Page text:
Upon creation of the CBO, VHA initiated a comprehensive assessment of ongoing activities within the revenue program. This assessment focused on “industry best” practices and resulted in the identification of a series of objectives in addition to those originally included in the 2001 Revenue Improvement Plan.
The immediate improvement strategies include development of the Medical Care Collections Fund (MCCF) performance metrics, an expanded focus on contracting for collection of accounts receivable over 60 days, and utilization of available contract support encompassing collections, insurance identification and verification, and coding. Currently, over 70 contracts are being used throughout VHA. Many of these are structured to allow contractors to retain a percentage of collections, which minimizes operational costs. Another significant accomplishment was to expedite the development and implementation of Electronic Data Interchange (EDI) for third-party claims to meet Health Insurance Portability and Accountability Act (HIPAA) deadlines. The initial e-Claims software is operational at all VA facilities, and as of May 2004, more than 10 million claims have been generated.
An important mid-term improvement in the Revenue Action Plan, targeted for completion this fall, is to complete the Medicare Remittance Advice (MRA) project. This project is designed to improve the quality of our many Medicare supplemental claims and accurately identify deductible and coinsurance amounts that Medicare supplemental insurers calculate to determine reimbursement to VA. This effort will also allow VA to more accurately identify accounts receivable. Other mid-term strategies include:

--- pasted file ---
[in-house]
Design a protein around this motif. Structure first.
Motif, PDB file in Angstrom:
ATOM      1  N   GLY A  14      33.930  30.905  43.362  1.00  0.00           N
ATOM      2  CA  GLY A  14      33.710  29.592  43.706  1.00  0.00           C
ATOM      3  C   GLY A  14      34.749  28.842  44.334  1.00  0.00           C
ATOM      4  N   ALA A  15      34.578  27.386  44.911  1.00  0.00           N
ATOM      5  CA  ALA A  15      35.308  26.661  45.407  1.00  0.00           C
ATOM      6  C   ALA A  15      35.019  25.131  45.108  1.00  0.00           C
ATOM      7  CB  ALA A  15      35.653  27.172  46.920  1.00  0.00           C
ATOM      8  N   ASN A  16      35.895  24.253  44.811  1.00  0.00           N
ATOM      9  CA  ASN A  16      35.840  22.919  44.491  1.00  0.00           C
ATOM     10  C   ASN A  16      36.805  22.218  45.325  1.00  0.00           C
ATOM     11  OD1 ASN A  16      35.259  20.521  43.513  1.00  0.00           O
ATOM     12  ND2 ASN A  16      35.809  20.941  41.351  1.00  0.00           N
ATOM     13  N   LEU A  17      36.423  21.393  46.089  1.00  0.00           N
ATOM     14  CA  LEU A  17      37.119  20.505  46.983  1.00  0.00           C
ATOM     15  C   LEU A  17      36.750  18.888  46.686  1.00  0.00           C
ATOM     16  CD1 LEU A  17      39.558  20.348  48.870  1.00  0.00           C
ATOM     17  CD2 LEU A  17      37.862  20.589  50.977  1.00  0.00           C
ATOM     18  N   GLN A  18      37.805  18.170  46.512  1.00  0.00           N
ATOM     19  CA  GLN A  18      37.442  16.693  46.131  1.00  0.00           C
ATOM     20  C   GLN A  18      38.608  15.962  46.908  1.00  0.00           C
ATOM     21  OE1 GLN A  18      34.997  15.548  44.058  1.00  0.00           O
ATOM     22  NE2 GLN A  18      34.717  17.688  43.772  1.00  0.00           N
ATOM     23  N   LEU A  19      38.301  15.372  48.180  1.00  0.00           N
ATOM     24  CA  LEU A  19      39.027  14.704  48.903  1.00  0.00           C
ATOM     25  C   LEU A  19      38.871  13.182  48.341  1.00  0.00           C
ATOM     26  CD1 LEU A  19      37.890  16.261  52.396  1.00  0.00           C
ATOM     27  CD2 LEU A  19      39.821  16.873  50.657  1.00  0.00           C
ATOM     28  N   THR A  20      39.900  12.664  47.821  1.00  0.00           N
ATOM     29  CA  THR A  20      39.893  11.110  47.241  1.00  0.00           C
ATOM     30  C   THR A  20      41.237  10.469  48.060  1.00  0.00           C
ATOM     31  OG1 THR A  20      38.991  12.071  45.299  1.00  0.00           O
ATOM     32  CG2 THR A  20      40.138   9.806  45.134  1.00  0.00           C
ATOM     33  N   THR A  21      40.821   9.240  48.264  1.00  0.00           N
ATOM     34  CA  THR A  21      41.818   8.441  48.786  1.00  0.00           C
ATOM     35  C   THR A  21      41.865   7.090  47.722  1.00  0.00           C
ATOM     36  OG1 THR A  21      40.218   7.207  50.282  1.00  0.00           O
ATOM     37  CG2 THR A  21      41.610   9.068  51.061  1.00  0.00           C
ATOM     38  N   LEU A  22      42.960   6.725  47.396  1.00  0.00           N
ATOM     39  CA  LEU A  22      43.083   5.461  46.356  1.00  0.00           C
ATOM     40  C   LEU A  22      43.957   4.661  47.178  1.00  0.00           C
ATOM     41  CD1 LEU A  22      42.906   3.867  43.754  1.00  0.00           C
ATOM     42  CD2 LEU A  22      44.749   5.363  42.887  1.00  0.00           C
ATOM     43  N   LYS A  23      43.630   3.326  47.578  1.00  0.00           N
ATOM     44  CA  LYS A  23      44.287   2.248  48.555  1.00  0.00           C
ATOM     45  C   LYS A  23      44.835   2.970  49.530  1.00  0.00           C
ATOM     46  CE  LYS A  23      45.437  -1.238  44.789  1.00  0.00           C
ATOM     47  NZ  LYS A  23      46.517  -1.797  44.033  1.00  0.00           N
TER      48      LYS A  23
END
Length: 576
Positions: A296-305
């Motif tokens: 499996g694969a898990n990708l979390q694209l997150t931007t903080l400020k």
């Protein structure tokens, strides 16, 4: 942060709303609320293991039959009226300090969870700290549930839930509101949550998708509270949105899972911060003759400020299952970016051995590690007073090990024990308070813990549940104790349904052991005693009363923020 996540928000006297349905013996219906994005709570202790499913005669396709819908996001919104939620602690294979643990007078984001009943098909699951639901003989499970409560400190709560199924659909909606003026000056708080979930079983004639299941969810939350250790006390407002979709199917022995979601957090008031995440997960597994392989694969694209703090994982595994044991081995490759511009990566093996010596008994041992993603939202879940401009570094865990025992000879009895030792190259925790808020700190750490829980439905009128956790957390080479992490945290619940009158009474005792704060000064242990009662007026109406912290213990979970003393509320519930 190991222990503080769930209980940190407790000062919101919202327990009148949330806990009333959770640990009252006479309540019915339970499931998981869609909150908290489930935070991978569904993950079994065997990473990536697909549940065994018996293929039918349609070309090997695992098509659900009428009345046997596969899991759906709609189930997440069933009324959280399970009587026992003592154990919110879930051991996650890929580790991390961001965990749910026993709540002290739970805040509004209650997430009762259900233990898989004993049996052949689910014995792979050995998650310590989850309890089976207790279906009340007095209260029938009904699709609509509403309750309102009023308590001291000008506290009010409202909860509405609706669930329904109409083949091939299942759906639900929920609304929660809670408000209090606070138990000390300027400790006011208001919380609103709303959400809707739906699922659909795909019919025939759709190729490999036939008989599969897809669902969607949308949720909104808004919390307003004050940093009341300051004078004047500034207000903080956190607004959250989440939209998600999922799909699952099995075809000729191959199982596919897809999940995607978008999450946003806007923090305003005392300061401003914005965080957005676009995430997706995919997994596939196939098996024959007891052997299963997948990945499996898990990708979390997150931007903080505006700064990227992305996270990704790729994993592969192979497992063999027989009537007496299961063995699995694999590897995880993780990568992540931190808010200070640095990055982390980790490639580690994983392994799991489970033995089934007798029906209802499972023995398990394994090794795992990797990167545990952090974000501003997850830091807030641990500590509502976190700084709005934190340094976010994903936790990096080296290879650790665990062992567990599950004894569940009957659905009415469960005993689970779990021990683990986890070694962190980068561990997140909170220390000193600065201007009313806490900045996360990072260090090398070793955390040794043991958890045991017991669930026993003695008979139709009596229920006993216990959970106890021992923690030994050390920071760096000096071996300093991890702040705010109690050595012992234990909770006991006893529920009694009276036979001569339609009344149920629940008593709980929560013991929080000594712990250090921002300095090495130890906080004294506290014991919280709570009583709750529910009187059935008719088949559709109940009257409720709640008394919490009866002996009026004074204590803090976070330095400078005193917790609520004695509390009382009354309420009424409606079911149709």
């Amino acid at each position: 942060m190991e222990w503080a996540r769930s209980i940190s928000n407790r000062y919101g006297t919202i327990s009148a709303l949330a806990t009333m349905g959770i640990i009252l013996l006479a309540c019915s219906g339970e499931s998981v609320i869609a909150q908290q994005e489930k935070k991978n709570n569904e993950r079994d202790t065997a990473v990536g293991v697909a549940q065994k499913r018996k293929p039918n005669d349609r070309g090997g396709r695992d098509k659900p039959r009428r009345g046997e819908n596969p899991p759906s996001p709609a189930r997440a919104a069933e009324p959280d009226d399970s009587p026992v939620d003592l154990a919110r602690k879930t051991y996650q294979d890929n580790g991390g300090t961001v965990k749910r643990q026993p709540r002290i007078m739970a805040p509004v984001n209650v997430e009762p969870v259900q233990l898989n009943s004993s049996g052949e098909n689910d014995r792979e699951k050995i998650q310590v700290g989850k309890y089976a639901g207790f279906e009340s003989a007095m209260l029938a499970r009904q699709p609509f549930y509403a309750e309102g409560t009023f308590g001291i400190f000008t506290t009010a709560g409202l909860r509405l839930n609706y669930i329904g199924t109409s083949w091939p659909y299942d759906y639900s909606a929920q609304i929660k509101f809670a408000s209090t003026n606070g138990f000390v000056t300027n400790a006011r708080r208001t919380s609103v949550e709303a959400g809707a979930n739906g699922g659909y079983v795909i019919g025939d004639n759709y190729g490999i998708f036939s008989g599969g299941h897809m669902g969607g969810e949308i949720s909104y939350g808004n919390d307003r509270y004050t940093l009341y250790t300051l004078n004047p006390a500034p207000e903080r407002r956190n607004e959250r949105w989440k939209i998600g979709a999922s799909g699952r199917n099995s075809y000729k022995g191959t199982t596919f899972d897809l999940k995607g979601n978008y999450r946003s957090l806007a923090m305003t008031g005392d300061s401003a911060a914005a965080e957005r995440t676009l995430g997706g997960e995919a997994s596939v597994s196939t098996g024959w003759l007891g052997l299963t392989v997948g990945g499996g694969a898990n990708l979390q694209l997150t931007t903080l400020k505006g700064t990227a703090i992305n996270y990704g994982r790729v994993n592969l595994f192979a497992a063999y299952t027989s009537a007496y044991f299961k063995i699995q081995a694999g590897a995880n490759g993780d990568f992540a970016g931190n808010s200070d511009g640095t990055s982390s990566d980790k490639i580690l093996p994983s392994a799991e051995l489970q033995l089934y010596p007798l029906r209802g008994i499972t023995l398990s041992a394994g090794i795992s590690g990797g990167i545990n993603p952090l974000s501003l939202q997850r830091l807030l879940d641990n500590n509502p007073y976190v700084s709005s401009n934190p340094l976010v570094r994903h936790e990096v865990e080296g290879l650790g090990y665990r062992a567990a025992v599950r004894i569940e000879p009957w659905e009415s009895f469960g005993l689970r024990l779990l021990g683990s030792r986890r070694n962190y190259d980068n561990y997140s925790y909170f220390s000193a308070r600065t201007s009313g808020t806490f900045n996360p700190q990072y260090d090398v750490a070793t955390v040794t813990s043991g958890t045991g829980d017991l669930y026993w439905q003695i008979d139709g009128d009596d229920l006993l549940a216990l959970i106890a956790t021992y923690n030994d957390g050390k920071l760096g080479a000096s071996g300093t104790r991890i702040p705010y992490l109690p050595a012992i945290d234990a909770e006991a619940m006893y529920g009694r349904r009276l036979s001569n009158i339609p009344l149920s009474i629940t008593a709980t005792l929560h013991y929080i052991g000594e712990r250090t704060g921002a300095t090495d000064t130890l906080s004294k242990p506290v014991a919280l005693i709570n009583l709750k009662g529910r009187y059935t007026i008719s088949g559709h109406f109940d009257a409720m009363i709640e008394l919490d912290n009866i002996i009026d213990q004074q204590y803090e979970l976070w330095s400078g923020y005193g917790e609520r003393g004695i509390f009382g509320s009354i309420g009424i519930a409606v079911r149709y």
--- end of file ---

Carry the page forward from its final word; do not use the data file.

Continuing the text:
A major tactical initiative currently underway is the phased piloting of Consolidated Patient Account Centers (CPACs). Modeled after private industry as an effort to enhance revenue consolidation efforts throughout VA, the initiative is targeted for deployment in September 2005 and is designed to gain economies of scale by regionally consolidating key business functions. Once implemented, CPACs will serve to standardize business operations relating to “back office” functions.